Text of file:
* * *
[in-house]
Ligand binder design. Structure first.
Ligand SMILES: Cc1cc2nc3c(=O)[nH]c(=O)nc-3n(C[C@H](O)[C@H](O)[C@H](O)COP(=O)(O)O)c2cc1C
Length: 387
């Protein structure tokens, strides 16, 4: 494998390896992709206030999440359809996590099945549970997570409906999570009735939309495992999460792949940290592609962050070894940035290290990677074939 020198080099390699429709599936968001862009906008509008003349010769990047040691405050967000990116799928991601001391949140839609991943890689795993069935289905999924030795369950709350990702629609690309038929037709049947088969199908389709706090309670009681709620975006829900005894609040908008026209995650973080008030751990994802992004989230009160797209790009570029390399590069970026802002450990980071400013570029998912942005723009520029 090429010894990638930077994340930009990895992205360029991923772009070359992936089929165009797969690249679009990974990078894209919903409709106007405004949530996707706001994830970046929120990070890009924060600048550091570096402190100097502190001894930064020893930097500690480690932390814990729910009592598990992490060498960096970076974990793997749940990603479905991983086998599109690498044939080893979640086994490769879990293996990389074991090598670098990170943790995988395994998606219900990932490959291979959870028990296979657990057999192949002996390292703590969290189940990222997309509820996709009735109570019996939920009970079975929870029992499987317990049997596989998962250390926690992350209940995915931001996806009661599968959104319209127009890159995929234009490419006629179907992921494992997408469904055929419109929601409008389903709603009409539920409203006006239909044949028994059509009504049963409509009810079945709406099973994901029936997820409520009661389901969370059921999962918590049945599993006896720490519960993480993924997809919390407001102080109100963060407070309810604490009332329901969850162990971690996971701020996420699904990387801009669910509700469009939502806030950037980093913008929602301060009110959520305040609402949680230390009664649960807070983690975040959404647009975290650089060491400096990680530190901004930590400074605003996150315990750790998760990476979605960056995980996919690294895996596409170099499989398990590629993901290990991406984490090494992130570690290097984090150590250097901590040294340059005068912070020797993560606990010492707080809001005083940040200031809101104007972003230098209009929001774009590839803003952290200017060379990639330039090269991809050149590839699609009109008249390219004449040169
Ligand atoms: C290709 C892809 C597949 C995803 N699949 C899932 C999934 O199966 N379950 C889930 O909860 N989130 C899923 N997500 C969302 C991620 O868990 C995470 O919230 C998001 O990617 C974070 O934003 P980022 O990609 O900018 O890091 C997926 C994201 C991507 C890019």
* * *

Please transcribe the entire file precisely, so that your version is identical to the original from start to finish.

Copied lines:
[in-house]
Ligand binder design. Structure first.
Ligand SMILES: Cc1cc2nc3c(=O)[nH]c(=O)nc-3n(C[C@H](O)[C@H](O)[C@H](O)COP(=O)(O)O)c2cc1C
Length: 387
């Protein structure tokens, strides 16, 4: 494998390896992709206030999440359809996590099945549970997570409906999570009735939309495992999460792949940290592609962050070894940035290290990677074939 020198080099390699429709599936968001862009906008509008003349010769990047040691405050967000990116799928991601001391949140839609991943890689795993069935289905999924030795369950709350990702629609690309038929037709049947088969199908389709706090309670009681709620975006829900005894609040908008026209995650973080008030751990994802992004989230009160797209790009570029390399590069970026802002450990980071400013570029998912942005723009520029 090429010894990638930077994340930009990895992205360029991923772009070359992936089929165009797969690249679009990974990078894209919903409709106007405004949530996707706001994830970046929120990070890009924060600048550091570096402190100097502190001894930064020893930097500690480690932390814990729910009592598990992490060498960096970076974990793997749940990603479905991983086998599109690498044939080893979640086994490769879990293996990389074991090598670098990170943790995988395994998606219900990932490959291979959870028990296979657990057999192949002996390292703590969290189940990222997309509820996709009735109570019996939920009970079975929870029992499987317990049997596989998962250390926690992350209940995915931001996806009661599968959104319209127009890159995929234009490419006629179907992921494992997408469904055929419109929601409008389903709603009409539920409203006006239909044949028994059509009504049963409509009810079945709406099973994901029936997820409520009661389901969370059921999962918590049945599993006896720490519960993480993924997809919390407001102080109100963060407070309810604490009332329901969850162990971690996971701020996420699904990387801009669910509700469009939502806030950037980093913008929602301060009110959520305040609402949680230390009664649960807070983690975040959404647009975290650089060491400096990680530190901004930590400074605003996150315990750790998760990476979605960056995980996919690294895996596409170099499989398990590629993901290990991406984490090494992130570690290097984090150590250097901590040294340059005068912070020797993560606990010492707080809001005083940040200031809101104007972003230098209009929001774009590839803003952290200017060379990639330039090269991809050149590839699609009109008249390219004449040169
Ligand atoms: C290709 C892809 C597949 C995803 N699949 C899932 C999934 O199966 N379950 C889930 O909860 N989130 C899923 N997500 C969302 C991620 O868990 C995470 O919230 C998001 O990617 C974070 O934003 P980022 O990609 O900018 O890091 C997926 C994201 C991507 C890019």